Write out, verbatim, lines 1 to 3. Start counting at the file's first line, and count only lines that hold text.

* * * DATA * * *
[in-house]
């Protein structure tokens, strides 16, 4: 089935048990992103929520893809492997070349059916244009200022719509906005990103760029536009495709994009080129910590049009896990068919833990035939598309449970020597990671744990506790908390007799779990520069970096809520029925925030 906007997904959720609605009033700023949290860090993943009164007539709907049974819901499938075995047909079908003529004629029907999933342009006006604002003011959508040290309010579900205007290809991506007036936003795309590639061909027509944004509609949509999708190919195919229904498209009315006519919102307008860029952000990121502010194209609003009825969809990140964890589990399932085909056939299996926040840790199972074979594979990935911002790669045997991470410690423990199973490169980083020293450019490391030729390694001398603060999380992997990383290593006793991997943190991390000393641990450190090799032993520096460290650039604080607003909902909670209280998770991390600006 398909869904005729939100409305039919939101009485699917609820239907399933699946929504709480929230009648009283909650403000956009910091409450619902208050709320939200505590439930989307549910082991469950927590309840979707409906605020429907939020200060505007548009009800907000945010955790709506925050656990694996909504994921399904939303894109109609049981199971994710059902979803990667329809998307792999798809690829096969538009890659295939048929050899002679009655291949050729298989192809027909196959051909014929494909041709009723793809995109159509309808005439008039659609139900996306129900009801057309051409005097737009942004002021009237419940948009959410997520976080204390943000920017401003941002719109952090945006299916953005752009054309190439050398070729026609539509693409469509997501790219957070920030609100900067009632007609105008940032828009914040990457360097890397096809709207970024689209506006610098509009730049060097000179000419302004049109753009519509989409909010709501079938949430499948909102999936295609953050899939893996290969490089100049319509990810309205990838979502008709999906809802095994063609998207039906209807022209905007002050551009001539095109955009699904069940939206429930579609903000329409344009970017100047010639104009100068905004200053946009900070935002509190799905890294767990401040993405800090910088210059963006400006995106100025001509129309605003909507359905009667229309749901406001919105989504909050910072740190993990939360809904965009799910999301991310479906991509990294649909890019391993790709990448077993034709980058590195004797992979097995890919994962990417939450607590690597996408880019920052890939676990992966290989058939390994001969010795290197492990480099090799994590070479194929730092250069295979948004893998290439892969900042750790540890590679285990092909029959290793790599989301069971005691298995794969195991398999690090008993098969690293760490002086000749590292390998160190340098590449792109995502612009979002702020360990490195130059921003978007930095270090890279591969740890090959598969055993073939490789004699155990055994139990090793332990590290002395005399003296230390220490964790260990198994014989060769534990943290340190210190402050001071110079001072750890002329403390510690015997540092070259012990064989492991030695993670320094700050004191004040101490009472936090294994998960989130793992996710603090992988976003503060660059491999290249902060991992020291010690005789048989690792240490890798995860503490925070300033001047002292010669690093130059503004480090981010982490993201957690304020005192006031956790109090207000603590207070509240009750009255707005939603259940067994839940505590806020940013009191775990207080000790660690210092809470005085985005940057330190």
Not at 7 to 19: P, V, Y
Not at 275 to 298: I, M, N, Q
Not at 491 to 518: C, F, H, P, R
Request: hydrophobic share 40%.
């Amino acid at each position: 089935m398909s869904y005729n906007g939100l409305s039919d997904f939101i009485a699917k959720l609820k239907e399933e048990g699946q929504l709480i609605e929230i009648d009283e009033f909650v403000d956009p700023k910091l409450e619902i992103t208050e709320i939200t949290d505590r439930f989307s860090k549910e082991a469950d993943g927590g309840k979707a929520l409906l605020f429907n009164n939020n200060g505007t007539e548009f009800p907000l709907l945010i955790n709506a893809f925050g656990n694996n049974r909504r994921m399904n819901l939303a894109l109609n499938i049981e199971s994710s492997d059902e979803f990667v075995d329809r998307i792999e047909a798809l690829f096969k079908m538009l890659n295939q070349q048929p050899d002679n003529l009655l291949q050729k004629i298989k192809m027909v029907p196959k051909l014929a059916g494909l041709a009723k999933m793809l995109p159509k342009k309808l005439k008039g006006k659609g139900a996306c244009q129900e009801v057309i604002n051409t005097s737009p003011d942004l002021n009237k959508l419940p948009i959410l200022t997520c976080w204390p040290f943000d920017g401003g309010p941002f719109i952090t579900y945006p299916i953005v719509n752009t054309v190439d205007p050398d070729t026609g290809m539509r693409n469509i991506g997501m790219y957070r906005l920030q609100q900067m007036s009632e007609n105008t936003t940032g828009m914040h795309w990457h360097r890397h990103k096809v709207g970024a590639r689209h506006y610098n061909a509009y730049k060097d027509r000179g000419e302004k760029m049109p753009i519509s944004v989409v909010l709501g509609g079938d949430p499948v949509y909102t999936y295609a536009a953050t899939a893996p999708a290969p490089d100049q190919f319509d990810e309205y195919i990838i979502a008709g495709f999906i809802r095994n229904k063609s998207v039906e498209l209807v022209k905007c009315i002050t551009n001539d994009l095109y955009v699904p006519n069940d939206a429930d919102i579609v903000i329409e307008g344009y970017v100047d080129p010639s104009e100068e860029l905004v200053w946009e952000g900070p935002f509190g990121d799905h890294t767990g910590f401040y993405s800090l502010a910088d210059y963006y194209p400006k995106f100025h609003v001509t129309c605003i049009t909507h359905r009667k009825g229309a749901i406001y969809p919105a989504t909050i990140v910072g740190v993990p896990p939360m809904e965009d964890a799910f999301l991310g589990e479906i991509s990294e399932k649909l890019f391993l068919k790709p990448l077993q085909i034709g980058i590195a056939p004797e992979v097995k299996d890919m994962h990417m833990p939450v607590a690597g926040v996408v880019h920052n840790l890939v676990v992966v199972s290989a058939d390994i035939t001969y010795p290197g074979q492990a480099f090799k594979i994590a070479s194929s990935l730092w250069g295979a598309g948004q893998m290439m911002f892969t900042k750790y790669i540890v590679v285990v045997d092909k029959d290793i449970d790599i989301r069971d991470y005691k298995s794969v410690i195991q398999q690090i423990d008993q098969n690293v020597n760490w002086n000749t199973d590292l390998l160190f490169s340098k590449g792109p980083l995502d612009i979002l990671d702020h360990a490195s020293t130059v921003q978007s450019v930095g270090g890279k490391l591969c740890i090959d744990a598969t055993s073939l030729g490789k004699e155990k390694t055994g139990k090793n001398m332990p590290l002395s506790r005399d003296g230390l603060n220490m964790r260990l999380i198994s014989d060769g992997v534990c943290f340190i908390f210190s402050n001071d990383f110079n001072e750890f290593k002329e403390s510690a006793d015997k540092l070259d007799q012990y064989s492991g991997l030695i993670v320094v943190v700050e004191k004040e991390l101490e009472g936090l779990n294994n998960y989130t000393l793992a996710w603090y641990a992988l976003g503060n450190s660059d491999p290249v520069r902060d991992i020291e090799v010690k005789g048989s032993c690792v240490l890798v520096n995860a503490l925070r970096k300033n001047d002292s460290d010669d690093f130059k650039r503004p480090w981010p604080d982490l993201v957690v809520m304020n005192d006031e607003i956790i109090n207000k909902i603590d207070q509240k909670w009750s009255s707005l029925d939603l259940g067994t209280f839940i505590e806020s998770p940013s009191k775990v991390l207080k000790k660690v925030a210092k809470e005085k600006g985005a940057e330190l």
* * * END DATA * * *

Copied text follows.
[in-house]
């Protein structure tokens, strides 16, 4: 089935048990992103929520893809492997070349059916244009200022719509906005990103760029536009495709994009080129910590049009896990068919833990035939598309449970020597990671744990506790908390007799779990520069970096809520029925925030 906007997904959720609605009033700023949290860090993943009164007539709907049974819901499938075995047909079908003529004629029907999933342009006006604002003011959508040290309010579900205007290809991506007036936003795309590639061909027509944004509609949509999708190919195919229904498209009315006519919102307008860029952000990121502010194209609003009825969809990140964890589990399932085909056939299996926040840790199972074979594979990935911002790669045997991470410690423990199973490169980083020293450019490391030729390694001398603060999380992997990383290593006793991997943190991390000393641990450190090799032993520096460290650039604080607003909902909670209280998770991390600006 398909869904005729939100409305039919939101009485699917609820239907399933699946929504709480929230009648009283909650403000956009910091409450619902208050709320939200505590439930989307549910082991469950927590309840979707409906605020429907939020200060505007548009009800907000945010955790709506925050656990694996909504994921399904939303894109109609049981199971994710059902979803990667329809998307792999798809690829096969538009890659295939048929050899002679009655291949050729298989192809027909196959051909014929494909041709009723793809995109159509309808005439008039659609139900996306129900009801057309051409005097737009942004002021009237419940948009959410997520976080204390943000920017401003941002719109952090945006299916953005752009054309190439050398070729026609539509693409469509997501790219957070920030609100900067009632007609105008940032828009914040990457360097890397096809709207970024689209506006610098509009730049060097000179000419302004049109753009519509989409909010709501079938949430499948909102999936295609953050899939893996290969490089100049319509990810309205990838979502008709999906809802095994063609998207039906209807022209905007002050551009001539095109955009699904069940939206429930579609903000329409344009970017100047010639104009100068905004200053946009900070935002509190799905890294767990401040993405800090910088210059963006400006995106100025001509129309605003909507359905009667229309749901406001919105989504909050910072740190993990939360809904965009799910999301991310479906991509990294649909890019391993790709990448077993034709980058590195004797992979097995890919994962990417939450607590690597996408880019920052890939676990992966290989058939390994001969010795290197492990480099090799994590070479194929730092250069295979948004893998290439892969900042750790540890590679285990092909029959290793790599989301069971005691298995794969195991398999690090008993098969690293760490002086000749590292390998160190340098590449792109995502612009979002702020360990490195130059921003978007930095270090890279591969740890090959598969055993073939490789004699155990055994139990090793332990590290002395005399003296230390220490964790260990198994014989060769534990943290340190210190402050001071110079001072750890002329403390510690015997540092070259012990064989492991030695993670320094700050004191004040101490009472936090294994998960989130793992996710603090992988976003503060660059491999290249902060991992020291010690005789048989690792240490890798995860503490925070300033001047002292010669690093130059503004480090981010982490993201957690304020005192006031956790109090207000603590207070509240009750009255707005939603259940067994839940505590806020940013009191775990207080000790660690210092809470005085985005940057330190």
Not at 7 to 19: P, V, Y